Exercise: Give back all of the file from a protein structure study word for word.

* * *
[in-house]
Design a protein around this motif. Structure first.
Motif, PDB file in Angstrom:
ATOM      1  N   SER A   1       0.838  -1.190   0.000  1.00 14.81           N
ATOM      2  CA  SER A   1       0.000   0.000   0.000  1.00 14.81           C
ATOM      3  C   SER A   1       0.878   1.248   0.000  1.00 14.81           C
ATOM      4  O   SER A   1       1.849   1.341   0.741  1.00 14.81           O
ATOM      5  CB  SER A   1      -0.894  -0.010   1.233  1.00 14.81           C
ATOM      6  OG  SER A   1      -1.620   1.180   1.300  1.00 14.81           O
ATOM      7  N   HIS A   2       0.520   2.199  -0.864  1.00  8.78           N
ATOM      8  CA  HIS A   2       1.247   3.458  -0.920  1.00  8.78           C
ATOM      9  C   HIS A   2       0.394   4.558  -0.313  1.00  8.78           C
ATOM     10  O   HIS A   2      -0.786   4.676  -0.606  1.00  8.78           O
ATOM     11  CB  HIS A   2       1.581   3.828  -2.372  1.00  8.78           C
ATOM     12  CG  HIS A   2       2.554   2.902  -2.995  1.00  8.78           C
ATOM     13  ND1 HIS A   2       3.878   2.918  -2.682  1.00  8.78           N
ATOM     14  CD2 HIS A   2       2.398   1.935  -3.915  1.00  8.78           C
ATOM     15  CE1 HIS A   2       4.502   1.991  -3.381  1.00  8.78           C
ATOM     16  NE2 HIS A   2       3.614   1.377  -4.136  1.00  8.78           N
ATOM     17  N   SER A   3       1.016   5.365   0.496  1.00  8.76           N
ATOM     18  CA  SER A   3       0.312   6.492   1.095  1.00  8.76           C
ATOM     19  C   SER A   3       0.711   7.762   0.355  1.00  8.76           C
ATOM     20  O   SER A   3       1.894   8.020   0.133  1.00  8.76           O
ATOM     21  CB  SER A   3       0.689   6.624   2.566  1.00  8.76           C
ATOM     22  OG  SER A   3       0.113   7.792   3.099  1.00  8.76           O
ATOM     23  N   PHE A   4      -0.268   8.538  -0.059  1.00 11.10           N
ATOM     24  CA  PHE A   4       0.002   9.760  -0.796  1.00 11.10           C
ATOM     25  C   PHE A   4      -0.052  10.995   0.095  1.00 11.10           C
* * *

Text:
[in-house]
Design a protein around this motif. Structure first.
Motif, PDB file in Angstrom:
ATOM      1  N   SER A   1       0.838  -1.190   0.000  1.00 14.81           N
ATOM      2  CA  SER A   1       0.000   0.000   0.000  1.00 14.81           C
ATOM      3  C   SER A   1       0.878   1.248   0.000  1.00 14.81           C
ATOM      4  O   SER A   1       1.849   1.341   0.741  1.00 14.81           O
ATOM      5  CB  SER A   1      -0.894  -0.010   1.233  1.00 14.81           C
ATOM      6  OG  SER A   1      -1.620   1.180   1.300  1.00 14.81           O
ATOM      7  N   HIS A   2       0.520   2.199  -0.864  1.00  8.78           N
ATOM      8  CA  HIS A   2       1.247   3.458  -0.920  1.00  8.78           C
ATOM      9  C   HIS A   2       0.394   4.558  -0.313  1.00  8.78           C
ATOM     10  O   HIS A   2      -0.786   4.676  -0.606  1.00  8.78           O
ATOM     11  CB  HIS A   2       1.581   3.828  -2.372  1.00  8.78           C
ATOM     12  CG  HIS A   2       2.554   2.902  -2.995  1.00  8.78           C
ATOM     13  ND1 HIS A   2       3.878   2.918  -2.682  1.00  8.78           N
ATOM     14  CD2 HIS A   2       2.398   1.935  -3.915  1.00  8.78           C
ATOM     15  CE1 HIS A   2       4.502   1.991  -3.381  1.00  8.78           C
ATOM     16  NE2 HIS A   2       3.614   1.377  -4.136  1.00  8.78           N
ATOM     17  N   SER A   3       1.016   5.365   0.496  1.00  8.76           N
ATOM     18  CA  SER A   3       0.312   6.492   1.095  1.00  8.76           C
ATOM     19  C   SER A   3       0.711   7.762   0.355  1.00  8.76           C
ATOM     20  O   SER A   3       1.894   8.020   0.133  1.00  8.76           O
ATOM     21  CB  SER A   3       0.689   6.624   2.566  1.00  8.76           C
ATOM     22  OG  SER A   3       0.113   7.792   3.099  1.00  8.76           O
ATOM     23  N   PHE A   4      -0.268   8.538  -0.059  1.00 11.10           N
ATOM     24  CA  PHE A   4       0.002   9.760  -0.796  1.00 11.10           C
ATOM     25  C   PHE A   4      -0.052  10.995   0.095  1.00 11.10           C